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Home > Sharpening Videos > The Anatomy of an Edge

The Anatomy of an Edge

In this video we discuss the anatomy of an edge. Understand dull and damaged edges and how sharpening fixes them.

View Transcript

In this segment called "Anatomy of an Edge", I want to just visually show you what the sharp edge does and basically the process of going from a dull edge to a sharp edge.

Here is my first example. We've got a piece of wood that is sharpened to 20 degrees. This is essentially what a sharp edge is going to look like.

This is our example of a dull edge. As you can see this is very rounded. No matter what I do this is not going to injure me at all. So this is an example of a very dull edge.

This here is what I would call a damaged edge. While it is relatively sharp, this one does have some damage marks on the edge, so this would require sharpening.

When you have a really dull edge like this and when you sharpen, you are basically removing the sides that were creating that big rounded u-shape on top. So when I do remove these sides, what we have left over is an edge that is about half-way sharpened. At this point all you have to do is continue to sharpen. Don't get discouraged, it is not going to feel any sharper than it did a few minutes ago. But as you bring that in you are going to bring this to a coarsely sharpened edge. At that point it will feel considerably sharper.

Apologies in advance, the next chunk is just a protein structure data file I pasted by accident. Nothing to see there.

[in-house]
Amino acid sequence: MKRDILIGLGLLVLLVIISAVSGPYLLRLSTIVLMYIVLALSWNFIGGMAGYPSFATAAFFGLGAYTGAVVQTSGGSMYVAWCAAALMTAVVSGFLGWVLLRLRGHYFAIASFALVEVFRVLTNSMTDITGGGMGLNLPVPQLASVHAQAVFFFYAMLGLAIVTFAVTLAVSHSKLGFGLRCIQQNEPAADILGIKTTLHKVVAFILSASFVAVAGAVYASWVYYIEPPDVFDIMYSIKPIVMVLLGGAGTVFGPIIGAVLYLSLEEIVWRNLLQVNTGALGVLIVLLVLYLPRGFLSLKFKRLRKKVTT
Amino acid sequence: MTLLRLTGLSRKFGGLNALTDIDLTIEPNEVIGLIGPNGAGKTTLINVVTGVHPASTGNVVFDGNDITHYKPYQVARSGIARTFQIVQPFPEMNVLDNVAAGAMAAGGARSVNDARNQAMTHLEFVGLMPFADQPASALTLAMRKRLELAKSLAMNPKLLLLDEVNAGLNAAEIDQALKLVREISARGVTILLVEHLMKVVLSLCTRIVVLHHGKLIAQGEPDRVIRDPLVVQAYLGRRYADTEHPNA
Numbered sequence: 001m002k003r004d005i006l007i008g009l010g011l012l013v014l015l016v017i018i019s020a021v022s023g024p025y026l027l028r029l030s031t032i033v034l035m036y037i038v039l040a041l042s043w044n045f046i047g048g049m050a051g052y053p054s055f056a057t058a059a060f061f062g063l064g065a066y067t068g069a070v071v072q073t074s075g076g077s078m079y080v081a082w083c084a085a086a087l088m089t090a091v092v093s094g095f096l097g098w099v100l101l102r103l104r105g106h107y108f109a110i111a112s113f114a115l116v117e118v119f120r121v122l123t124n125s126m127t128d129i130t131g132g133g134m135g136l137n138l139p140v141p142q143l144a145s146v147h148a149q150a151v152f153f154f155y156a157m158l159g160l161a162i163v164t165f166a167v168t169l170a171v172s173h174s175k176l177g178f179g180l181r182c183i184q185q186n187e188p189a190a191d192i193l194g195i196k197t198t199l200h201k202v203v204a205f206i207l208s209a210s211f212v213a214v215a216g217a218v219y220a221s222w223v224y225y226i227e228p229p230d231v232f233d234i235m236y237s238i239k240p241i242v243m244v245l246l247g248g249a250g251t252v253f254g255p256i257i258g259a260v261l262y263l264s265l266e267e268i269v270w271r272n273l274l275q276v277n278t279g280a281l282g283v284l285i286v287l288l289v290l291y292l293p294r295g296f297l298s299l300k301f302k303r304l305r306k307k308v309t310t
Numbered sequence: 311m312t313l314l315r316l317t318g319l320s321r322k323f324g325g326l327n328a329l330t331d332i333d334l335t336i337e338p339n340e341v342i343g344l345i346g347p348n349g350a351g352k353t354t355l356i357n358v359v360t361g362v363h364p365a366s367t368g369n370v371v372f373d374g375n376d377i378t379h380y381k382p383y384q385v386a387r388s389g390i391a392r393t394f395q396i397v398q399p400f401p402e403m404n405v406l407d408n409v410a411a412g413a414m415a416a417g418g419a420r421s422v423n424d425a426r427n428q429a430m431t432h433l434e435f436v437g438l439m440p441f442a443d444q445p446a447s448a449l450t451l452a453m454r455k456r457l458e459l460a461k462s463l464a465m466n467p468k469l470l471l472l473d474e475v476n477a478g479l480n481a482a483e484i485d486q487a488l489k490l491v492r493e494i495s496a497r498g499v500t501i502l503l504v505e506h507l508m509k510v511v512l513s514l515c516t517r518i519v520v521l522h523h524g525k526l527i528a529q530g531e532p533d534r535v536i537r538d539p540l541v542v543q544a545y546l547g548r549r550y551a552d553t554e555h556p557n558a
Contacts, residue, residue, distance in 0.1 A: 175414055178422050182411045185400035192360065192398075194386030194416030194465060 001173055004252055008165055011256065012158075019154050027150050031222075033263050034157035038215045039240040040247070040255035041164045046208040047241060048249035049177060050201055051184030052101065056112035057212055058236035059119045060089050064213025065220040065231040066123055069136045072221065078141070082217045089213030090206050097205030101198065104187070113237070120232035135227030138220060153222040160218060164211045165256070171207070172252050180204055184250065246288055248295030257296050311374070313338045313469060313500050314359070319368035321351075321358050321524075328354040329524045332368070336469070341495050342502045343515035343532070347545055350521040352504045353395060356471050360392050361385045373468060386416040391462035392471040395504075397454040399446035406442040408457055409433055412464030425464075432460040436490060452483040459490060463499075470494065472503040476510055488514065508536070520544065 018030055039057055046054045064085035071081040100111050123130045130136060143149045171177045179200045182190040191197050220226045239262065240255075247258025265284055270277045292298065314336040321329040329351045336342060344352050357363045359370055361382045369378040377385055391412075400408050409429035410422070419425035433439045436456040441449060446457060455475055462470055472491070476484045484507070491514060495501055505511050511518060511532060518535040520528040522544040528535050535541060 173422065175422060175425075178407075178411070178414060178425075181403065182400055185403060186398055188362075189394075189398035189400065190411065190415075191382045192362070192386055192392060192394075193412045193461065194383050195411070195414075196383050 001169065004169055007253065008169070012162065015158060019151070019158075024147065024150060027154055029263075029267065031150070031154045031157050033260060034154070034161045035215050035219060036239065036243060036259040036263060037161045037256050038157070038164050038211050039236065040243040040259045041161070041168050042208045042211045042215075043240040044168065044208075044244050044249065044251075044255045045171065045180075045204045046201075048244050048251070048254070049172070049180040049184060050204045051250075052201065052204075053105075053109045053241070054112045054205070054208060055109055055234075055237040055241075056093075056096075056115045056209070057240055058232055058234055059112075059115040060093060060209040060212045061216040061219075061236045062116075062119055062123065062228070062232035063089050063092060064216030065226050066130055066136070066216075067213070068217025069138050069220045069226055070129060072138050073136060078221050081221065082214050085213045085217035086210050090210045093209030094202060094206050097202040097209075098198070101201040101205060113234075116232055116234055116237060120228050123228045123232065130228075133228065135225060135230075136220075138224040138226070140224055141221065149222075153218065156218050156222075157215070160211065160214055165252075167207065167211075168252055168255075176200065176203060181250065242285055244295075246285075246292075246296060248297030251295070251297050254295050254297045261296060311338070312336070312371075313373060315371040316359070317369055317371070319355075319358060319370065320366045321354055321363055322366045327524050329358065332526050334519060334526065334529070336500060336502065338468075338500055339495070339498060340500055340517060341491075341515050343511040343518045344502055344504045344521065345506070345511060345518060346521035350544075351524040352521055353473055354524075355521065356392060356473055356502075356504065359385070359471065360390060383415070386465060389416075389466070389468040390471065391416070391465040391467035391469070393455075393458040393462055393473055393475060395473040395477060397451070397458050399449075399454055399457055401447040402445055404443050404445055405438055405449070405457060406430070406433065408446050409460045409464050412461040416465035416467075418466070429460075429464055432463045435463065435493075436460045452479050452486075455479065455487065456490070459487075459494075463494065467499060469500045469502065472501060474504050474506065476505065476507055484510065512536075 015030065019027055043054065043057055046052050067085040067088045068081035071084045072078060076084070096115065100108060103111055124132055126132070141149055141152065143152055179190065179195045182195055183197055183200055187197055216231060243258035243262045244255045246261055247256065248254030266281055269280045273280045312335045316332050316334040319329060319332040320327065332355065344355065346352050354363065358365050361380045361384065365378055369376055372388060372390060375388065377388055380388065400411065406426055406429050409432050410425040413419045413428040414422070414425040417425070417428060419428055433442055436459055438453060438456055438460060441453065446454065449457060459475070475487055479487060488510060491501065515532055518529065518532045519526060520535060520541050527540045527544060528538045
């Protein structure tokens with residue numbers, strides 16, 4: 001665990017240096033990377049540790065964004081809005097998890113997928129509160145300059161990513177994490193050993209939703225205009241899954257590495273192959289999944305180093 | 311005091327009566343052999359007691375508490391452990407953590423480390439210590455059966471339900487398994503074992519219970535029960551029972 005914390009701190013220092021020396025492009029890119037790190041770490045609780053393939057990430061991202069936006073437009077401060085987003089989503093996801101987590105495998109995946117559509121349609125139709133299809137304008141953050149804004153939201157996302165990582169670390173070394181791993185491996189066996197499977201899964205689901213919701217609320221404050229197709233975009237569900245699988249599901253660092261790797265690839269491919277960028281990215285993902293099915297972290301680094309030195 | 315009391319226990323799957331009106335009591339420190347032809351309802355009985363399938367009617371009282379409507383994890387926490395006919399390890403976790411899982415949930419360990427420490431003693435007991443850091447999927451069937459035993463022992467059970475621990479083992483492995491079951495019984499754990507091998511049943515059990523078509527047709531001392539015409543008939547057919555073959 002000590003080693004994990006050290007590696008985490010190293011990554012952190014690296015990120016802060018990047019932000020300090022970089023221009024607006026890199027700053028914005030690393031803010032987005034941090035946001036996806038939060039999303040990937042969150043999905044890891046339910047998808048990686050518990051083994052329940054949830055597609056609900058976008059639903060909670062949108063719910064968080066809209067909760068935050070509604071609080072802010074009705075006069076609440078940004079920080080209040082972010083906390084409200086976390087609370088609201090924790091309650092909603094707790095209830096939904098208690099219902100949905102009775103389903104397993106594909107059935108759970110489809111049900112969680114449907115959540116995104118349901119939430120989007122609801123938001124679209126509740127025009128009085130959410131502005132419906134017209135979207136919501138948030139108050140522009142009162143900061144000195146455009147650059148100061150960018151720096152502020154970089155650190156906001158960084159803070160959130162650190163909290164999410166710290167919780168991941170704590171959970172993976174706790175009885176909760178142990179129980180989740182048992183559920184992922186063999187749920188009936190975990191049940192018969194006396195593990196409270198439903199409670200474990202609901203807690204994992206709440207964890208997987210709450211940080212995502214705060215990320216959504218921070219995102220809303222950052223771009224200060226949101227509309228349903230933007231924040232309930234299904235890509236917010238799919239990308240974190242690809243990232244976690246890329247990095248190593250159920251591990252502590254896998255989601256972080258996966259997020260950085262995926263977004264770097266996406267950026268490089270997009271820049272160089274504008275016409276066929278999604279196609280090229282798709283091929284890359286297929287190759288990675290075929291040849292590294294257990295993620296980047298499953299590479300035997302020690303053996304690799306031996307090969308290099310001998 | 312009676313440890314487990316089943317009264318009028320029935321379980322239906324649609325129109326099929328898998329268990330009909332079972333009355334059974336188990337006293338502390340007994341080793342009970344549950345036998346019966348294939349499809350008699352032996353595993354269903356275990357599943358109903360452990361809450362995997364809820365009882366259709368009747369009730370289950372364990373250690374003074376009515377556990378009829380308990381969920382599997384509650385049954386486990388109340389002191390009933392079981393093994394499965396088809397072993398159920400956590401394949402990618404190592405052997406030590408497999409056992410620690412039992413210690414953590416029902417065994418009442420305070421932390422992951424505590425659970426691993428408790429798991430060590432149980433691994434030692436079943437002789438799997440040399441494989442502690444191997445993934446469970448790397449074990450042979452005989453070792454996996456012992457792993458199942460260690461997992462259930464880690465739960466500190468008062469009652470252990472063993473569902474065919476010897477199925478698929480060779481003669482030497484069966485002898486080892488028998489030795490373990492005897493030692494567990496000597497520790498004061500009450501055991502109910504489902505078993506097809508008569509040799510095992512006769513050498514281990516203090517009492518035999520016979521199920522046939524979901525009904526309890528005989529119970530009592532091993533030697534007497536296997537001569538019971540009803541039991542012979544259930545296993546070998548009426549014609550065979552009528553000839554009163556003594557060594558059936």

Now here we have reason to illustrate a coarsely sharpened edge. It feels very sharp now and we have a nice 20 degree angle on both sides on this very standard looking edge. But it is coarsely sharpened so basically you have ridges along the top that are more succeptible to damage. This edge, while it would cut, really is not going to be as long lasting. From here all we need to do once we've established the edge with our coarse stone, we are going to take a finer stone to further refine this edge.

The next option we have is putting a microbevel on an edge. So basically when we've taken our coarse stone we've created these little grooves on the edge. Instead of sharpening the whole bevel with our fine stone, what we can do is increase our angle by just a little (a degree or two is just fine) and sharpen just the top of the edge. It does make the process of sharpening go much more quickly, and you can see that the edge itself is very finely sharpened. It is very sharp and will be long lasting, but it didn't take nearly as long to create this edge.

Well I hope I've helped you understand the anatomy of an edge. If you still have questions please just give us a call: 1-800-351-8234

 

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